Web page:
Resiliency, high availability, and fault tolerance

Resiliency, high availability, and fault tolerance

Survive and recover from outages

Resiliency, in the context of cloud databases, refers to the ability to withstand and recover from various types of failures, ranging from hardware malfunctions and software bugs to network outages and natural disasters. A resilient database system is designed to maintain data integrity, accessibility, and continuity of operations, even in the face of adverse events. Achieving resilience in cloud databases requires a multi-faceted approach, involving robust architectural design, effective data replication and backup strategies, load balancing, failover mechanisms, and comprehensive monitoring and incident response procedures.

YugabyteDB has been designed ground up to be resilient. YugabyteDB can continuously serve requests in the event of planned or unplanned outages, such as system upgrades and outages related to a node, availability zone, or region. YugabyteDB's High availability is achieved through a combination of distributed architecture, data replication, consensus algorithms, automatic rebalancing, and failure detection mechanisms, ensuring that the database remains available, consistent, and resilient to failures of fault domains.

The following sections explore the key strategies, technologies, and best practices for enhancing the resilience of cloud databases.

Need for resilience

The need for resilience in cloud databases arises from several factors:

  • Distributed nature: Cloud databases are often distributed across multiple physical locations, introducing complexities in data synchronization and potential points of failure.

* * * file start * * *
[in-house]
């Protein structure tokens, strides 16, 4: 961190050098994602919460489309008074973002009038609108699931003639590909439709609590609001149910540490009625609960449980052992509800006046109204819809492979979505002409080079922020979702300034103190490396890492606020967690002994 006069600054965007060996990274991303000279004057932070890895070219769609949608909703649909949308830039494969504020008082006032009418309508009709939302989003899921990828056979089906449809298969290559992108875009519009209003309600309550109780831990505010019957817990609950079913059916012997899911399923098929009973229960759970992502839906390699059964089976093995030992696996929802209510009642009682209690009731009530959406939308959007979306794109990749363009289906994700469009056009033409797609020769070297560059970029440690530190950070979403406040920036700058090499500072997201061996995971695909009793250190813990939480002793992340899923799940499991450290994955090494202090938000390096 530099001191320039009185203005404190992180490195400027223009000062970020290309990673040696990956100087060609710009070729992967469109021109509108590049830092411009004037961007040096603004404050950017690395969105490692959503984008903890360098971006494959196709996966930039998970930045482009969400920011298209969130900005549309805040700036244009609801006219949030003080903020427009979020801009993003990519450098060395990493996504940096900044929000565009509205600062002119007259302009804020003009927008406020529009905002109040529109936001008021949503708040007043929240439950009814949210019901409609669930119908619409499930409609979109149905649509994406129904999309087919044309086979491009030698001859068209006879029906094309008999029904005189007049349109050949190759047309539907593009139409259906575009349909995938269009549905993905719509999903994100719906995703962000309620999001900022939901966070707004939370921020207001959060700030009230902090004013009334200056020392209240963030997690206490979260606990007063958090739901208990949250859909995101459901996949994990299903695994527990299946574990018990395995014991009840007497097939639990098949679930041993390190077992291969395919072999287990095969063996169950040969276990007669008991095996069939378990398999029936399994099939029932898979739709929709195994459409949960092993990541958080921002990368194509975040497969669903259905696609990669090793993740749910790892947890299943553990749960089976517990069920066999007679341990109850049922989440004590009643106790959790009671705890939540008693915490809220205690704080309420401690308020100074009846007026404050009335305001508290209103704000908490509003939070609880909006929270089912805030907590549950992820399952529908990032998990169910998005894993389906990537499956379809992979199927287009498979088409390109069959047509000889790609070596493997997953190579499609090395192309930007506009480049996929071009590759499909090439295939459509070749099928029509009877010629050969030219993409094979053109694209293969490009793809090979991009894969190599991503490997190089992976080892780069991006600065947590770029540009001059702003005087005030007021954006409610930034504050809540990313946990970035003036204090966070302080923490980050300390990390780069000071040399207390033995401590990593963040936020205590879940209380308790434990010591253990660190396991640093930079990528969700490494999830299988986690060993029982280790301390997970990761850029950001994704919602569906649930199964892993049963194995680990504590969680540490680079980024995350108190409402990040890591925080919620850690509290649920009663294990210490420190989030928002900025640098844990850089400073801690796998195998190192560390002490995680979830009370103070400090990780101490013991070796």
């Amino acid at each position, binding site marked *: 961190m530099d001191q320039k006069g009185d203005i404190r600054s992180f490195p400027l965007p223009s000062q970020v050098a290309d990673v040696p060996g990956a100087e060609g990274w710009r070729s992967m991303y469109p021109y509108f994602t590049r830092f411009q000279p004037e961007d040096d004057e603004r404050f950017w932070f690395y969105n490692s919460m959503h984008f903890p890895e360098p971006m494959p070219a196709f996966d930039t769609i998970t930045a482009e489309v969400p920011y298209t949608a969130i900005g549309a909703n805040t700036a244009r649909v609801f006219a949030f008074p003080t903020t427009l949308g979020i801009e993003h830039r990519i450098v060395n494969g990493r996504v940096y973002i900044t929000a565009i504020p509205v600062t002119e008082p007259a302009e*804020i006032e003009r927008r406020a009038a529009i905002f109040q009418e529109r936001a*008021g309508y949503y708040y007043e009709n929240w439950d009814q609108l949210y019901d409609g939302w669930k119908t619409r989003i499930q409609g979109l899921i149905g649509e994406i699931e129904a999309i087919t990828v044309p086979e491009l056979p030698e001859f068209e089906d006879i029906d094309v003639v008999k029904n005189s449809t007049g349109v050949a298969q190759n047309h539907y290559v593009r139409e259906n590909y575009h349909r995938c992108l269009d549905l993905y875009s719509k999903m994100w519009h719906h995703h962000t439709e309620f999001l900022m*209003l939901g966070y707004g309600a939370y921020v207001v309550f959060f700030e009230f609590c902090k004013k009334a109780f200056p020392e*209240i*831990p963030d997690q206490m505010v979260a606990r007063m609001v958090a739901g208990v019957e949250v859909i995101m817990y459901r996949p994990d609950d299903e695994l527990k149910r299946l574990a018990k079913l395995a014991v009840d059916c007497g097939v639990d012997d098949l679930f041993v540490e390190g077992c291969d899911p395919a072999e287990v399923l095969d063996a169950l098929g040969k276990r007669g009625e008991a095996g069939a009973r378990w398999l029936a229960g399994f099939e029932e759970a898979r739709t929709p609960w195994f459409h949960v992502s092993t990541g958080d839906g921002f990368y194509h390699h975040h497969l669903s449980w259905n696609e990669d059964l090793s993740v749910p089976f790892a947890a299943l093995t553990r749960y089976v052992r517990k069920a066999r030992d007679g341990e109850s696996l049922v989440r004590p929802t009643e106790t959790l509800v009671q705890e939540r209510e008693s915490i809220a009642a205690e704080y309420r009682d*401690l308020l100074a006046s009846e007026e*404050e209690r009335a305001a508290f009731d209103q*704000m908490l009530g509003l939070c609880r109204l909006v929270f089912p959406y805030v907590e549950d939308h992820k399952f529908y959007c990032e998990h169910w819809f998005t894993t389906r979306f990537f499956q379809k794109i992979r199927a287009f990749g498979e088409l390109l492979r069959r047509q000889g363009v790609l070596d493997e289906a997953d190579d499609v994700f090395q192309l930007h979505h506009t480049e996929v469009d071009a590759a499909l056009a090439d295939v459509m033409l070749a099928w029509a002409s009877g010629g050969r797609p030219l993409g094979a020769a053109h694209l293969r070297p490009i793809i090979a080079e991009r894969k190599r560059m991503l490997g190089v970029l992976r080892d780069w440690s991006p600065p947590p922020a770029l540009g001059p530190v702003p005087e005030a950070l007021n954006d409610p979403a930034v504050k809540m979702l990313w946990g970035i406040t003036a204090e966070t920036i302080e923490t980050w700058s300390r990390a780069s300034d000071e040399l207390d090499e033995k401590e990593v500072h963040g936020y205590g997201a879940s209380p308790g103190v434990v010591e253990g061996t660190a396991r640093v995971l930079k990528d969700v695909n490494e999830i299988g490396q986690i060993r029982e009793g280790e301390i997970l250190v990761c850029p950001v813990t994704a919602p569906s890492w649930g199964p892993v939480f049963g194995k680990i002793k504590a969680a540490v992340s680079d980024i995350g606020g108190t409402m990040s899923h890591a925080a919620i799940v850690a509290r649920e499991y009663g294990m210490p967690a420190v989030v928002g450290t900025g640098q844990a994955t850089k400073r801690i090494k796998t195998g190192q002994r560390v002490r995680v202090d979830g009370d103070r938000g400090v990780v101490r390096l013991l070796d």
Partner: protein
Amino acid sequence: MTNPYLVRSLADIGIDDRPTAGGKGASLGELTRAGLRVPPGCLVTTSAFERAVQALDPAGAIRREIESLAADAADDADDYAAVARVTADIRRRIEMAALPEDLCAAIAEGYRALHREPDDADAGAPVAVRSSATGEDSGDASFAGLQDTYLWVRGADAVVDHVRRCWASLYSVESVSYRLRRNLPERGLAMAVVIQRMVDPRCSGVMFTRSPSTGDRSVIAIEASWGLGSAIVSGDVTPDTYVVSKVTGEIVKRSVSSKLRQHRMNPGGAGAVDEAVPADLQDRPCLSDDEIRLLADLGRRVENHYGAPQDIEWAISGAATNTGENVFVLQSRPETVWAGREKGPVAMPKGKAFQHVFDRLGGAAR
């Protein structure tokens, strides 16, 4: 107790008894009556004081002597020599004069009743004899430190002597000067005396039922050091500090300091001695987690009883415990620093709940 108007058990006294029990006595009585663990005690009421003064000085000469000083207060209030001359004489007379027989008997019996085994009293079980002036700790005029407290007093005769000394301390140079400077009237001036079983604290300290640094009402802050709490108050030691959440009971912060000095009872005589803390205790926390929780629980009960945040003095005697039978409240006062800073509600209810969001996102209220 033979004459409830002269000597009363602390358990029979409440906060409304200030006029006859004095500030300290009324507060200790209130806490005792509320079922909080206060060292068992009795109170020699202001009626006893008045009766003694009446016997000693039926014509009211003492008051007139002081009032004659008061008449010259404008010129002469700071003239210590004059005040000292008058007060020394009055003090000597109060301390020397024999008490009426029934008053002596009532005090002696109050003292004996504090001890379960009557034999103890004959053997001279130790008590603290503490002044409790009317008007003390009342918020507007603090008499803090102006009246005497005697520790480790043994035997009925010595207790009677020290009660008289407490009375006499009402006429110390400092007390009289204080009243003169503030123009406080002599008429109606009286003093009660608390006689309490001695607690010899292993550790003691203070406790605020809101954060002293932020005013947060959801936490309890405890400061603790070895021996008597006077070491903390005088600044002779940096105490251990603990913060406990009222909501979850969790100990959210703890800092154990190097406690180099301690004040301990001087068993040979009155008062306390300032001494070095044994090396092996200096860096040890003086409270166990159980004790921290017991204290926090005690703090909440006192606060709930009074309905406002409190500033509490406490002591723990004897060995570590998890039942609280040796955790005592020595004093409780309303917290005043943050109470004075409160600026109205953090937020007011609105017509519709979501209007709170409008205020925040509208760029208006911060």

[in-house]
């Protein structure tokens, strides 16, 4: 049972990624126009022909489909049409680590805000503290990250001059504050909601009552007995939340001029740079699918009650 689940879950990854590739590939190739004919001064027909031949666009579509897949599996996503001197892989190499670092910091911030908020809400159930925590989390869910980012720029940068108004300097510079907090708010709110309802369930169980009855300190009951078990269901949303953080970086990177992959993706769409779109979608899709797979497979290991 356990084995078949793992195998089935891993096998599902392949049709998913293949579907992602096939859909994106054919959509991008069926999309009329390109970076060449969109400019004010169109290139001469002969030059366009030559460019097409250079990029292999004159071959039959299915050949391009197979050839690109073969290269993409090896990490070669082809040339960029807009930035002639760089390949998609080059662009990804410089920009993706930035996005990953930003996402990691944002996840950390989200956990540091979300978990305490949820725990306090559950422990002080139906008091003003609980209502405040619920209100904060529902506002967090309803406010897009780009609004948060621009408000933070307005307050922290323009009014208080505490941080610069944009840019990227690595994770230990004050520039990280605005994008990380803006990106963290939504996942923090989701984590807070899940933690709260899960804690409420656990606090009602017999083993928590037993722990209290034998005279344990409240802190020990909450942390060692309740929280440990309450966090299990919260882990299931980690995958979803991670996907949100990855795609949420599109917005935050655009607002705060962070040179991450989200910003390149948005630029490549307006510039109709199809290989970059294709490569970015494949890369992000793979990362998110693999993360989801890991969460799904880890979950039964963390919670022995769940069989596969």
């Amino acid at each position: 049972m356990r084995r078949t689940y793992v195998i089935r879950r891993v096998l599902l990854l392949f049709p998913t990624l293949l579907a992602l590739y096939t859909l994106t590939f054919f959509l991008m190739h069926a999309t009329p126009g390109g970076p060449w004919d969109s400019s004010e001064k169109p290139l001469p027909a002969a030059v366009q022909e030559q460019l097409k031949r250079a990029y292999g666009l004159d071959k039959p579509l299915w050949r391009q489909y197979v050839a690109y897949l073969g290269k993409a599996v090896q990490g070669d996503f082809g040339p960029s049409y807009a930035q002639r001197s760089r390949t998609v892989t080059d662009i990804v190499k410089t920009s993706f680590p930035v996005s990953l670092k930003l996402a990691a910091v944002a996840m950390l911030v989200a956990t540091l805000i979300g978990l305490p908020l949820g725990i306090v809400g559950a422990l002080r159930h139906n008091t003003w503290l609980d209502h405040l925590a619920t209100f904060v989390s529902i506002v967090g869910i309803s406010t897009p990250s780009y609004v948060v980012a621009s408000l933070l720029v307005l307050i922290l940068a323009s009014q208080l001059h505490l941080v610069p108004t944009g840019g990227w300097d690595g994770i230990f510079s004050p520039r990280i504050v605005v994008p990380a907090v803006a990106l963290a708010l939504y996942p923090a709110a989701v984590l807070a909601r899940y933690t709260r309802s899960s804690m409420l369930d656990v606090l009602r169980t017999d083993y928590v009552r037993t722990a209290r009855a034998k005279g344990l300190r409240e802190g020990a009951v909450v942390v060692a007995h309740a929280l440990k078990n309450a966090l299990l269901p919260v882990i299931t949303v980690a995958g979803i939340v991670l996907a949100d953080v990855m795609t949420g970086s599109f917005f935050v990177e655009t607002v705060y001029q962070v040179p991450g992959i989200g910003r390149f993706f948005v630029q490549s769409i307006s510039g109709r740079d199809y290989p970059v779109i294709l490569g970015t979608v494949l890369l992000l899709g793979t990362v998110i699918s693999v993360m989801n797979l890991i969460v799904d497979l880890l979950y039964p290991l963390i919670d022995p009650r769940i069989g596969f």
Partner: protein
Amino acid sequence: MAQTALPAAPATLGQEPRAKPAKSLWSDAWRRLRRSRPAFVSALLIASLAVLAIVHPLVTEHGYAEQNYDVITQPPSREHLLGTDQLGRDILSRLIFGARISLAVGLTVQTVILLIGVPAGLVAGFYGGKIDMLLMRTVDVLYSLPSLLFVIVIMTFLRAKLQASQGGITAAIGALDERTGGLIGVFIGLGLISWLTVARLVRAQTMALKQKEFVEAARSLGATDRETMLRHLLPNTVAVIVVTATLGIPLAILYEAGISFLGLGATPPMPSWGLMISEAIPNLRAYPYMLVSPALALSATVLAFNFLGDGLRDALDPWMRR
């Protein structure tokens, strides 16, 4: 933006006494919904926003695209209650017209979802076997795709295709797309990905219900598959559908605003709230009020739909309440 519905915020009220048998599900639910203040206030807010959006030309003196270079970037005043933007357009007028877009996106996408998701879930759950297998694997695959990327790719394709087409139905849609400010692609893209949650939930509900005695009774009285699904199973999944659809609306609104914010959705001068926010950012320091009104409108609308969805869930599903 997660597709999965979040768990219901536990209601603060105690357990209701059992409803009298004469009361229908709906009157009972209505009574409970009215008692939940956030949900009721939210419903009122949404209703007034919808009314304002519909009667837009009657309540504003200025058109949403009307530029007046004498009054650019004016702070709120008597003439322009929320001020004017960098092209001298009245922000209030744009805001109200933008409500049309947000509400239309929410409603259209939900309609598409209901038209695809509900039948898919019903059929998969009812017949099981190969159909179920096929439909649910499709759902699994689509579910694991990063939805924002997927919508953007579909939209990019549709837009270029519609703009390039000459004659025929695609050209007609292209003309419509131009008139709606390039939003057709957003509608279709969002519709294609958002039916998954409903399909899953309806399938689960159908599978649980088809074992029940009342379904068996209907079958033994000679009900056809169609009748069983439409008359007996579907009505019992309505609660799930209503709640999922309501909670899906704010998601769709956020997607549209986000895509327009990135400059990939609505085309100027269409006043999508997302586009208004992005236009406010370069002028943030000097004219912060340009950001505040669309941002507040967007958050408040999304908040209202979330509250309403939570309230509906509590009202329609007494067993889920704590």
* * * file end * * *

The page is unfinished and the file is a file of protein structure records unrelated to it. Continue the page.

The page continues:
• Ephemeral instances: Virtual machines are spawned on commodity hardware which can disappear at any time. They are ephemeral.
  • Unpredictable workloads: Cloud databases must handle fluctuating and unpredictable workloads, which can strain resources and potentially lead to performance degradation or outages. High loads can cause power surges. Backup generators have failed too.
  • Failure of fault domains: Although public clouds have come a long way since the inception of AWS in 2006, region and zone outages are still fairly common, happening once or twice a year. Disks and machines commonly fail due to a variety of reasons.
  • Cyber attacks: Your applications could be exposed to security threats or attacks. Resilience can help protect applications against these threats by isolating components, and responding to anomalies, and thus ensuring that such incidents do not compromise the entire system.
  • Planned upgrades: You might have to upgrade your operating system or database, or even update your software with security patches. For this, your applications have to be taken offline.

Fault domains